The trail on this section is different to anything we have seen so far. We have crossed some of the coastal plains and are now heading east along the south coast. It was great to be able to hear the surf from the shelter the first night we got close. After that day we started to head east and moved away from the coast a bit only to hit the coast and beach 2 days out of Walpole. The trail is now very sandy and in the dunes, it is brutal and energy sapping, especially when we have to climb over dunes. We've also seen more wildlife in the last few days coming across some kangaroos right on the trail, also our first snake. A small tiger snake that was sunbathing on the trail. Other hikers say they hear the snakes rustling in the leaves as they slither off the trail before they see them. We don't as we often hike with earphones on. Nothing better than listening to some Shihad really loud in the wilderness! I have found I can walk exactly in time to 'The Call' from Shihad's Killjoy album. Every beat in time.... it's mint! Long trail hiking is great for catching up on music you haven't listened to for a while. I also listen to podcasts and have listened to the entire Freakonomics series. Never bored! We have seen lots of wild flowers in the last few days. Some due to the season and some due to recent fires. They are all very small and colorful and although we don't have all day to stop and look at flowers I have a few seconds to get some photos!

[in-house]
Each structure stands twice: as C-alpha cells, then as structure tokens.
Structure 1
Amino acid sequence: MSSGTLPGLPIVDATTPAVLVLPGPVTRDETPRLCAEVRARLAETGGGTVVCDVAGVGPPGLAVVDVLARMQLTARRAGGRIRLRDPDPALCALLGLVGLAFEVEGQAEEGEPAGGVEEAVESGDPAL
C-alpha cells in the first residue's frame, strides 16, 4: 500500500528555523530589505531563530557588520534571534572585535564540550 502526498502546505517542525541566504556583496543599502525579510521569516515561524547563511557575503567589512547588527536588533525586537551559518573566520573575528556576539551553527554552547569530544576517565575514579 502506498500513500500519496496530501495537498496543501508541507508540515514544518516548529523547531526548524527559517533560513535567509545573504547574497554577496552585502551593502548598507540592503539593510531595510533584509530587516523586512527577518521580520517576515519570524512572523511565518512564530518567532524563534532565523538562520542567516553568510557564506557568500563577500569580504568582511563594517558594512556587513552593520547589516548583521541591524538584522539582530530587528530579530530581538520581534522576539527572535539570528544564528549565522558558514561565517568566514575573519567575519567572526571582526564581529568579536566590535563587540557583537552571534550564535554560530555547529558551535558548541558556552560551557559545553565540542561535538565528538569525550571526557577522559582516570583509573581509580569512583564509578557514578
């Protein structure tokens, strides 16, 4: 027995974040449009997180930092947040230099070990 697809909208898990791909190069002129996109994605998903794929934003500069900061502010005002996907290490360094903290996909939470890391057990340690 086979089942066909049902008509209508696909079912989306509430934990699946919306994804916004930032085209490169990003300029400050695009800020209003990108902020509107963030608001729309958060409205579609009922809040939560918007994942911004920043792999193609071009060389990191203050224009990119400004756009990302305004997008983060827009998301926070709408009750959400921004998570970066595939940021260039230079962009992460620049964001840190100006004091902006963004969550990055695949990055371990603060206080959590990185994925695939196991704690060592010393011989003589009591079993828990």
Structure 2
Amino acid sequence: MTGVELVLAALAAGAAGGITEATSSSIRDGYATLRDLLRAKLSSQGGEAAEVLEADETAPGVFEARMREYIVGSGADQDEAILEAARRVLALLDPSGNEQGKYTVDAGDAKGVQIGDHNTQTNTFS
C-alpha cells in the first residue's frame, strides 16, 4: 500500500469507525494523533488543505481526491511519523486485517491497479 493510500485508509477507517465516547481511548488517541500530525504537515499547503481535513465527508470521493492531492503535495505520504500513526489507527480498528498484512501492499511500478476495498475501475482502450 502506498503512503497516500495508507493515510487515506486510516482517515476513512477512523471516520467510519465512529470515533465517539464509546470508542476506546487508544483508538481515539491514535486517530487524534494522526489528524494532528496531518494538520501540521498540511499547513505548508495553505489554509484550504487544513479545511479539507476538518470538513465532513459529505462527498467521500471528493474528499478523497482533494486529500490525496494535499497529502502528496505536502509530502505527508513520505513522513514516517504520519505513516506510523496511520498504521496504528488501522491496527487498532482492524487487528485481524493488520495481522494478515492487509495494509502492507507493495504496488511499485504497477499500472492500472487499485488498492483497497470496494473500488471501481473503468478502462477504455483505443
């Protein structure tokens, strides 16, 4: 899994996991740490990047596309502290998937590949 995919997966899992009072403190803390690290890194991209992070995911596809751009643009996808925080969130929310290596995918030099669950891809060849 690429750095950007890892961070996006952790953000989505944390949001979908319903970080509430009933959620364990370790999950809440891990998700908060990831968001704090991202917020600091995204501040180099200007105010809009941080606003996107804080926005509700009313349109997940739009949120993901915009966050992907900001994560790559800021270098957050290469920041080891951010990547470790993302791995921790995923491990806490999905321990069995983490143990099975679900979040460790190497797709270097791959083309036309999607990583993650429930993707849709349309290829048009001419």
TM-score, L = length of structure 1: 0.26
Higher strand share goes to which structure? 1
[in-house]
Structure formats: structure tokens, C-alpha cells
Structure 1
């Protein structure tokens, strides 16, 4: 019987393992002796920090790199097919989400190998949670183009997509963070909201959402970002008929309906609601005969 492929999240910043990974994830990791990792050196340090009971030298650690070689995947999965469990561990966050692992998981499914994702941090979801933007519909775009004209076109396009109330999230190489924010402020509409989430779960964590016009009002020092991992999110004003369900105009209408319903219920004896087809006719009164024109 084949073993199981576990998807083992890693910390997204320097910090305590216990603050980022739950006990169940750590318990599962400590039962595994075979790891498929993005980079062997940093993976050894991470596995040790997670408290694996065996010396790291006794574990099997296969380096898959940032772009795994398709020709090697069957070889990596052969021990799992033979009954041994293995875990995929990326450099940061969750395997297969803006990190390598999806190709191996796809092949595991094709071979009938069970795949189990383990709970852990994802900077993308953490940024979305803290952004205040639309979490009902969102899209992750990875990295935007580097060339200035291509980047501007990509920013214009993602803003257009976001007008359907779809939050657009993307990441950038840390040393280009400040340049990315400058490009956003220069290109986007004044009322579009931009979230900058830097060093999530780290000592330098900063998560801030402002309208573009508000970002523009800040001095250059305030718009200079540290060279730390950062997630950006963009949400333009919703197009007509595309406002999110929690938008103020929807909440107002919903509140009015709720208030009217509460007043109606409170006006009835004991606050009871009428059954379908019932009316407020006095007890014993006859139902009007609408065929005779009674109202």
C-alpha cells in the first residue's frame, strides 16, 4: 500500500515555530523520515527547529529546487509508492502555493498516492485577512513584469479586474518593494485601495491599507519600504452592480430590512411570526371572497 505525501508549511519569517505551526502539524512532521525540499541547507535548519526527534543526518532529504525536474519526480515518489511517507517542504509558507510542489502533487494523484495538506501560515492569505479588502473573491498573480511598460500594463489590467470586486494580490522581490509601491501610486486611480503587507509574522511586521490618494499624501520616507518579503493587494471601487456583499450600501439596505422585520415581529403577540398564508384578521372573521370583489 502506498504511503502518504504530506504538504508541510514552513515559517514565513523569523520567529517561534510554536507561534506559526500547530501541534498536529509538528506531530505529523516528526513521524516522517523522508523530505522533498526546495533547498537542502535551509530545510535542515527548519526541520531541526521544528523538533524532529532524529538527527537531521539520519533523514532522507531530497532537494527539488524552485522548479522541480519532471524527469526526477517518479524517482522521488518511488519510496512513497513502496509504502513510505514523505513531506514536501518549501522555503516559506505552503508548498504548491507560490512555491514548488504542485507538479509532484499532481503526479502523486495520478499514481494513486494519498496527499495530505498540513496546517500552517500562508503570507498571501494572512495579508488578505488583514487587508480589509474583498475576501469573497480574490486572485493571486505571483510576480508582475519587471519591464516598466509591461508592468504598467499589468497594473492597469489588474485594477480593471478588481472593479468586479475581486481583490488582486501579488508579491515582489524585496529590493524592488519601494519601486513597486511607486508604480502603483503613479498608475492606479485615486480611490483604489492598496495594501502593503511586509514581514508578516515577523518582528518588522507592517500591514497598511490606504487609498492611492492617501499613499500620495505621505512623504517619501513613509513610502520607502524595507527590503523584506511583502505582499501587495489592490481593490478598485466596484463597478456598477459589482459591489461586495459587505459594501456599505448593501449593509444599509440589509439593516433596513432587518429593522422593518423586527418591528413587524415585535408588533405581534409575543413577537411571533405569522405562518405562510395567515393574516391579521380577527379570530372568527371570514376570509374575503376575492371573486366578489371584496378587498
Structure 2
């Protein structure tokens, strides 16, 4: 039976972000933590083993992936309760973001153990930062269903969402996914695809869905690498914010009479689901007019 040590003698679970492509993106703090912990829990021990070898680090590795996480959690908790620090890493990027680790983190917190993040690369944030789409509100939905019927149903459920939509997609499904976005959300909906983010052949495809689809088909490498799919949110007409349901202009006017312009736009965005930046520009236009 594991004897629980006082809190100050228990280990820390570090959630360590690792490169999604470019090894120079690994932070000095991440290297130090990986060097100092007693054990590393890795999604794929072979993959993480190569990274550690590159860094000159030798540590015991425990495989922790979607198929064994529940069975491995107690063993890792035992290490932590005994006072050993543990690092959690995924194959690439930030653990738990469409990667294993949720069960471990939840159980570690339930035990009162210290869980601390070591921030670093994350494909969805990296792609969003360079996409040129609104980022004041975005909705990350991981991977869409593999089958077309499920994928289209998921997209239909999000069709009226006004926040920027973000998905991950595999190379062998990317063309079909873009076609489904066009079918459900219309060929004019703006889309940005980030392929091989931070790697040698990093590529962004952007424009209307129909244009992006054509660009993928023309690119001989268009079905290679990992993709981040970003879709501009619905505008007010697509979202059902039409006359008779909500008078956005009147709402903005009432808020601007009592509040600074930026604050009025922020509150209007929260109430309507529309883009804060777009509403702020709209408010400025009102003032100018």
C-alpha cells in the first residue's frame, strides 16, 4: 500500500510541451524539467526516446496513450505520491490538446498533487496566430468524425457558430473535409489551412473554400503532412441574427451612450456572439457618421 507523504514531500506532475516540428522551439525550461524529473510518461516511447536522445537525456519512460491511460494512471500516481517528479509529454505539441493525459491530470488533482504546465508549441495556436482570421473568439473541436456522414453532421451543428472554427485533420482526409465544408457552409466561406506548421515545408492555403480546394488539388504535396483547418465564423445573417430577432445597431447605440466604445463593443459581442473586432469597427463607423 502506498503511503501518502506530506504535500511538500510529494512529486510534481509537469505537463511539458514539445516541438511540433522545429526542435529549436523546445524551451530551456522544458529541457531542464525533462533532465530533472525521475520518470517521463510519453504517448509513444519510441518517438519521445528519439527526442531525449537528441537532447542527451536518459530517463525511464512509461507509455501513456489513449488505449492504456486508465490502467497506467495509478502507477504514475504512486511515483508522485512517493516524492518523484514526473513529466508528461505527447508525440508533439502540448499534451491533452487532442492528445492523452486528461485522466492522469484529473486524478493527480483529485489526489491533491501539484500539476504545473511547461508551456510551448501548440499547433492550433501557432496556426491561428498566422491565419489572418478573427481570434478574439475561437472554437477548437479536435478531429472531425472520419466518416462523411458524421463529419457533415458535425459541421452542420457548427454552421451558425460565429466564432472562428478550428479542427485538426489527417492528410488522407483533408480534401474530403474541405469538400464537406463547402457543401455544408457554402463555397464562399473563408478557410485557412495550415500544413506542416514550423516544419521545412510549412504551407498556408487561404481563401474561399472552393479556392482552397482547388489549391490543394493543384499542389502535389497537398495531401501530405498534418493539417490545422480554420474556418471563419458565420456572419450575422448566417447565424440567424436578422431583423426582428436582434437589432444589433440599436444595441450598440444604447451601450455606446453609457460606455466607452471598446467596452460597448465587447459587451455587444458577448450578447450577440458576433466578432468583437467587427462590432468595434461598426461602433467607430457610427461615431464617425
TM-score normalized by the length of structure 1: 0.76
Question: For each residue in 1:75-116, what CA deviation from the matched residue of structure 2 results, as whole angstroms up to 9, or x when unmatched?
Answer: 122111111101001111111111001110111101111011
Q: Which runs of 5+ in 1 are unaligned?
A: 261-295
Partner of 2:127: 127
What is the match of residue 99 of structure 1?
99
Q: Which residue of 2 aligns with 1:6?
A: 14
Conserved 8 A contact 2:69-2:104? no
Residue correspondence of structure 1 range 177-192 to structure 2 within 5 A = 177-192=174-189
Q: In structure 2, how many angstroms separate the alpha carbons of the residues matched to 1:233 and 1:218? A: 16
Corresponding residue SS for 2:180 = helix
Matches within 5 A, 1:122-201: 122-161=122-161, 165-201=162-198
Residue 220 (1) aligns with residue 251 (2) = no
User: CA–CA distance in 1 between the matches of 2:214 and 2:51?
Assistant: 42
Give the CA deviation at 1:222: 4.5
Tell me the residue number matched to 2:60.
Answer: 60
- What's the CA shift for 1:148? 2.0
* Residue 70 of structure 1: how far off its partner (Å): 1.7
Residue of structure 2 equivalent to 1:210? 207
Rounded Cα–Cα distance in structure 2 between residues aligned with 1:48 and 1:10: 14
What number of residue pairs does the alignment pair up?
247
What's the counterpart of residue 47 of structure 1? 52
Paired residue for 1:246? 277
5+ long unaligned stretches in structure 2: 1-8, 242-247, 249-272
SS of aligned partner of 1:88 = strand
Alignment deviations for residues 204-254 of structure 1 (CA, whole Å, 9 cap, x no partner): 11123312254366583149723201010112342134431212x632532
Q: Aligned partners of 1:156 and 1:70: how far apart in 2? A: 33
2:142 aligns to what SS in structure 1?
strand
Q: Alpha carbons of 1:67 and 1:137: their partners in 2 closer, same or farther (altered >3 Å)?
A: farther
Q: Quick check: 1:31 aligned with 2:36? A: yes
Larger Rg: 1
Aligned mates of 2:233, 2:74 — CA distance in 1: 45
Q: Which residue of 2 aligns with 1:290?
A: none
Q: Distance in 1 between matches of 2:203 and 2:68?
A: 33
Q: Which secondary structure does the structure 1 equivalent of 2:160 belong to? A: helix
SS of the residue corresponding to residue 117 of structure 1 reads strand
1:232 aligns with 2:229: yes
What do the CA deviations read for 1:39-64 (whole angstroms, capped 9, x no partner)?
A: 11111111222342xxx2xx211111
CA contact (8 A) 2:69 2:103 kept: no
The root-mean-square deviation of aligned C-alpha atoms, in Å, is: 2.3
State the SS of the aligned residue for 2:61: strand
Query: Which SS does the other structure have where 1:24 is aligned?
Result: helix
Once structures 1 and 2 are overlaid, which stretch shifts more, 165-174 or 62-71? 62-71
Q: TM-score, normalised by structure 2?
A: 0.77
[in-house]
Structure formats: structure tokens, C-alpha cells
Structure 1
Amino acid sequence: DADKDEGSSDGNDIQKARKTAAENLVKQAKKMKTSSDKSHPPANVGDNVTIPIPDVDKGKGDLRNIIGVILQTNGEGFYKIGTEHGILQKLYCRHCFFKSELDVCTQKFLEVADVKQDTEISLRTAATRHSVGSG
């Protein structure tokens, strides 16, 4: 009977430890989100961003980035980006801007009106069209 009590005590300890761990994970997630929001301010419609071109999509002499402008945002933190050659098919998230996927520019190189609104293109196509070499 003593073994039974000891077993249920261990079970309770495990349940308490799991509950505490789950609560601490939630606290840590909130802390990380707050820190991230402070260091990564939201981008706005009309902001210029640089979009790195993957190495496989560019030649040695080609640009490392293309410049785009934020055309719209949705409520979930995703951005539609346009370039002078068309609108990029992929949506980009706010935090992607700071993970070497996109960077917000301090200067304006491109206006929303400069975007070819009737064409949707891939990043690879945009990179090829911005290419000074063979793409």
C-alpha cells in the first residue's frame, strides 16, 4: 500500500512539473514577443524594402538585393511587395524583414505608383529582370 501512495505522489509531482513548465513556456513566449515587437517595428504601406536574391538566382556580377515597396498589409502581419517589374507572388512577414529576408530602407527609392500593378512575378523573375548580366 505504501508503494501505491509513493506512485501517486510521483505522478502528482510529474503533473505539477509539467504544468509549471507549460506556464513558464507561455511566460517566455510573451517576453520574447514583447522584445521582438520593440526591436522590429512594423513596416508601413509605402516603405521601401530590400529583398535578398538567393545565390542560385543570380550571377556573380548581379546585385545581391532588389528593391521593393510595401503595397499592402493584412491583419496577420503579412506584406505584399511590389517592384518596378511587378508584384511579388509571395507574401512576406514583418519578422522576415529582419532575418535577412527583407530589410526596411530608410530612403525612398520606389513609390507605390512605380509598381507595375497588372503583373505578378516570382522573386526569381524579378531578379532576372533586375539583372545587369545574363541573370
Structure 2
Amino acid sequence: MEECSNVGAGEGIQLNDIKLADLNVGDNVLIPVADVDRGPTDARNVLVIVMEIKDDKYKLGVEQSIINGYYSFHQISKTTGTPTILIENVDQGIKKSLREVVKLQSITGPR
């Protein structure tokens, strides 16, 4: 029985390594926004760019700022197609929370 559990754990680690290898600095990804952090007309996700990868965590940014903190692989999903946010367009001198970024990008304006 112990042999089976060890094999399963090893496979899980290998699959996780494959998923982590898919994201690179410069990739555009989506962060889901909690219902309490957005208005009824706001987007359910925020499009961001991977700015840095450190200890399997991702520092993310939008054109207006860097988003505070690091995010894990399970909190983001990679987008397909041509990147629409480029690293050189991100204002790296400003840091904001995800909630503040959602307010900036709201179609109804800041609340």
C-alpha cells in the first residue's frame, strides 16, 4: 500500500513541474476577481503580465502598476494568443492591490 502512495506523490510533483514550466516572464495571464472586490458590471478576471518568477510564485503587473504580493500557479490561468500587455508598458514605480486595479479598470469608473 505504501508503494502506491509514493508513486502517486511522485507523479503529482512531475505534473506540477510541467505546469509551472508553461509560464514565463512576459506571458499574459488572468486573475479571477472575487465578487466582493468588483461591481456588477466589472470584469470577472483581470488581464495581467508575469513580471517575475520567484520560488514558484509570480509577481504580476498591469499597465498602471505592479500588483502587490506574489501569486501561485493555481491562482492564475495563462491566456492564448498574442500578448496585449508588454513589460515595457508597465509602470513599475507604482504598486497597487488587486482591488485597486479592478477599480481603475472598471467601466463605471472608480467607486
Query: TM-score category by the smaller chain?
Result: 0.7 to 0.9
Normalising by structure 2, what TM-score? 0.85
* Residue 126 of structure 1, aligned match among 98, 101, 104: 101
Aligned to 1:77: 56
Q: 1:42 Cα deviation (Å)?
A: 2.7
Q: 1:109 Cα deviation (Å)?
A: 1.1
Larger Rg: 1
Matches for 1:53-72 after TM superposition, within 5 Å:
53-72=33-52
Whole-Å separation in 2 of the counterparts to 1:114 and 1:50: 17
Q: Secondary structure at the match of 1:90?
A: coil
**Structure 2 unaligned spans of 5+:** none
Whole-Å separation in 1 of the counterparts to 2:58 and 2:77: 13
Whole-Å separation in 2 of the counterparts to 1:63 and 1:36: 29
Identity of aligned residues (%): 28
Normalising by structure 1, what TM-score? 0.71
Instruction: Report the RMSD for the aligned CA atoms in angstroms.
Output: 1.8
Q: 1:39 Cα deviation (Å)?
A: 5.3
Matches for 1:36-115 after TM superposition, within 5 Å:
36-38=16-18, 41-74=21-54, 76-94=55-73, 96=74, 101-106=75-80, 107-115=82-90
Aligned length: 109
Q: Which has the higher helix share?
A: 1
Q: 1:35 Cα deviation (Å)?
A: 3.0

Our first day walking in the sand dunes was hard and not only because of the up and down and soft sand. We had bugs! Gnats. Billions and billions of gnats. It was overcast but still hot so we were sweating a lot and when we walked through a cloud of them about 200,000 would stick to any exposed skin. I was more fortunate than Christine as my beard filtered most of them out but I think I ate at least 50,000 of them that day. It was pretty bad because we could see clouds of them in the air and in front of us and our only option was to keep walking knowing we were going to be plastered in them each time. Again the photos don't show the full horror of it all... hehe still beats working though! We stayed in our tent inside the shelter that night!
The last day into Walpole was another double but only 24kms total. We left the coast and the sand dunes for now and have headed inland back to the forest again. We have had a glimpse of what's to come but I will leave that for the next post.